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Posted 05 September 2010 - 07:14 PM

Article : http://msdn.microsoft.com/en-us/magazine/cc188791.aspx

Edit : Source code is available on the same page.

Edited by Romeo29, 06 September 2010 - 07:47 AM.


#13 chromebuster

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Posted 06 September 2010 - 12:08 AM

ah, so if I were to take a look at that code, then I could use it as a guide to start my own project?

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#14 Romeo29

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Posted 06 September 2010 - 07:48 AM

ah, so if I were to take a look at that code, then I could use it as a guide to start my own project?

I hope so.

I thought you already had finished your web server project and you only wanted to add support for ASP.net.
Do you have anything started yet? In what language are are coding your web server?

Edited by Romeo29, 06 September 2010 - 07:49 AM.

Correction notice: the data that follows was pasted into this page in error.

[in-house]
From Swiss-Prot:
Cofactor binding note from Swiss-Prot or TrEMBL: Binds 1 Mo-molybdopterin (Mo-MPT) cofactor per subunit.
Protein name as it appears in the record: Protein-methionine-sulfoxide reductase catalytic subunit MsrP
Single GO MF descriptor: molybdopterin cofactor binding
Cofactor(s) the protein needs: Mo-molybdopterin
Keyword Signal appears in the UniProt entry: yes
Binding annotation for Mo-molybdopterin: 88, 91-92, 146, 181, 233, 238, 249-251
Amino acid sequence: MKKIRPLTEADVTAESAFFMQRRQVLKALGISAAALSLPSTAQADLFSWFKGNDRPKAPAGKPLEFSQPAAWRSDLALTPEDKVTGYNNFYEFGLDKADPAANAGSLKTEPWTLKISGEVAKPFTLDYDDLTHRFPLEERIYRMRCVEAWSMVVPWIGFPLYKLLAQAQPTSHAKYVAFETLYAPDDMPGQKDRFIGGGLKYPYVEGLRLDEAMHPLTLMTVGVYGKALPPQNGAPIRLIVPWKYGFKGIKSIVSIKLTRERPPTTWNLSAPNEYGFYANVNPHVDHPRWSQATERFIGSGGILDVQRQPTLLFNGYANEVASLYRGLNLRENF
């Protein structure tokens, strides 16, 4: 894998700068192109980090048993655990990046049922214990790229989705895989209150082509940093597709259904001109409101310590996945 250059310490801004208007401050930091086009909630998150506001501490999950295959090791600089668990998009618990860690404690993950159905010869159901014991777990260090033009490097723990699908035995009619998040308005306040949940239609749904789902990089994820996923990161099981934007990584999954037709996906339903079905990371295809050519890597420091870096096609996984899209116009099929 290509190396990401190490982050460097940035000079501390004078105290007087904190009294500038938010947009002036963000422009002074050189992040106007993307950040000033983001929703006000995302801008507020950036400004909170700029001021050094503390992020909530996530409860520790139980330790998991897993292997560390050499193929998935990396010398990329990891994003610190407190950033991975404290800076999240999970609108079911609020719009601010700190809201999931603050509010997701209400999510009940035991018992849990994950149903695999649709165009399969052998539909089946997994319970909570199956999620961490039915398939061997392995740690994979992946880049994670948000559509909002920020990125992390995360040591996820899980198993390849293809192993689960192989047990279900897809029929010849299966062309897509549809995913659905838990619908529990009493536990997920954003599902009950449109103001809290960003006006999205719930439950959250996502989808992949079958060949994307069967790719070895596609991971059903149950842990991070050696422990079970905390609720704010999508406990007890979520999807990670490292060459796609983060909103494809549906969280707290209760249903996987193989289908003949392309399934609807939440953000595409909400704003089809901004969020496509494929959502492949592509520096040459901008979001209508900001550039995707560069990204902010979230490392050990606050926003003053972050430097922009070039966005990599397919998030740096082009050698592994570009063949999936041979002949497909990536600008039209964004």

#15 chromebuster

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Posted 06 September 2010 - 10:44 AM

@Romeo29
,Oh no. definitely not. I'm just trying to think of the future and what kind of projects I'd like to pursue with C#. I think this would be a downright cool one, don't you? I am in no way good enough to do this yet, but it's a thought. I mean, why not? The guys at Aprelium did, so why not implement something that has some of the features that Abyss doesn't have eventually? And in a language not as common? I'm sure that the code of the Cassini web server will help me in this, but to get the other parts of it, like SSL/TLS I'm sure I'll have to go somewhere deeper. But for the ASP.net engine, I think it's good. Once I get proficient in C#, I'll collect some books on Network programming in the language. I once had a very good one, but NOD32 took it, I'm sorry to say. But thanks for the link! I'm such an idiot not to realize that the stuff I was looking for was in that project all along!